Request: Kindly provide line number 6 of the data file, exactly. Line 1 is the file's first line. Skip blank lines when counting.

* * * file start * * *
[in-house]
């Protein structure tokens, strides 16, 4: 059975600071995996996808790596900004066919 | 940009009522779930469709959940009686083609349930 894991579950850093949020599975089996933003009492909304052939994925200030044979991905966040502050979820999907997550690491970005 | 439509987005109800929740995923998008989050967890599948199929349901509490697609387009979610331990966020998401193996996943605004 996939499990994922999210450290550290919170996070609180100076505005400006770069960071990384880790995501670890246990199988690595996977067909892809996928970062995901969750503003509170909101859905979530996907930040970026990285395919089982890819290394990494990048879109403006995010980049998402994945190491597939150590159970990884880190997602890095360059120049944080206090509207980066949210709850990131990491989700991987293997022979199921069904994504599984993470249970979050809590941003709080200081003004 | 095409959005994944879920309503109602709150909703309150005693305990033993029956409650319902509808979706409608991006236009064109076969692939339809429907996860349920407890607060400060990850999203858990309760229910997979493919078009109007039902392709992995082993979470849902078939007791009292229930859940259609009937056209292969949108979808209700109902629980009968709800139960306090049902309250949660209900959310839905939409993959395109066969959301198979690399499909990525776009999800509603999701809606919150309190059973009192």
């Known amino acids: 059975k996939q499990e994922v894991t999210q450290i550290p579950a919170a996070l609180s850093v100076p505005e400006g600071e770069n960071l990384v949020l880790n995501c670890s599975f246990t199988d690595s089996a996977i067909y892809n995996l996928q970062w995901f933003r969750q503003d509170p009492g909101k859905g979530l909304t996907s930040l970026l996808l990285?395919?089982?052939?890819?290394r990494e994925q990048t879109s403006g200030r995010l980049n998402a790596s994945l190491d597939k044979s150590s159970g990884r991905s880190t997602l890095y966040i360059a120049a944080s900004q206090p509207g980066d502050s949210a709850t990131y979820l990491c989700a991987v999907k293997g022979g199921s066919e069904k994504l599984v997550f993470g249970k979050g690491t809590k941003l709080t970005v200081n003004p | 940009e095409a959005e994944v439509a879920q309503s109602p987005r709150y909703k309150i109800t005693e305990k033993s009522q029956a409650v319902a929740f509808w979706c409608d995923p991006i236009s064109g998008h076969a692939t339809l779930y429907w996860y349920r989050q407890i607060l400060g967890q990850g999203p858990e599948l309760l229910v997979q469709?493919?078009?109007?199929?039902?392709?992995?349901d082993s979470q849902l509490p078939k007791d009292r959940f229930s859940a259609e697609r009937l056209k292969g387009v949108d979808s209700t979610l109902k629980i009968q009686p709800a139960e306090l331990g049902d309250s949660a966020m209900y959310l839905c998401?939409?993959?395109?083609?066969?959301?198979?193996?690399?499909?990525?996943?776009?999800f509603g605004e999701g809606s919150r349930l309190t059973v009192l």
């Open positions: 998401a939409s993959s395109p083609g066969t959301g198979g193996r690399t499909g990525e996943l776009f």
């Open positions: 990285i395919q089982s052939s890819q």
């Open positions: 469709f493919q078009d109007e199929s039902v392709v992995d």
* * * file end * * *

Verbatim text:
């Open positions: 469709f493919q078009d109007e199929s039902v392709v992995d």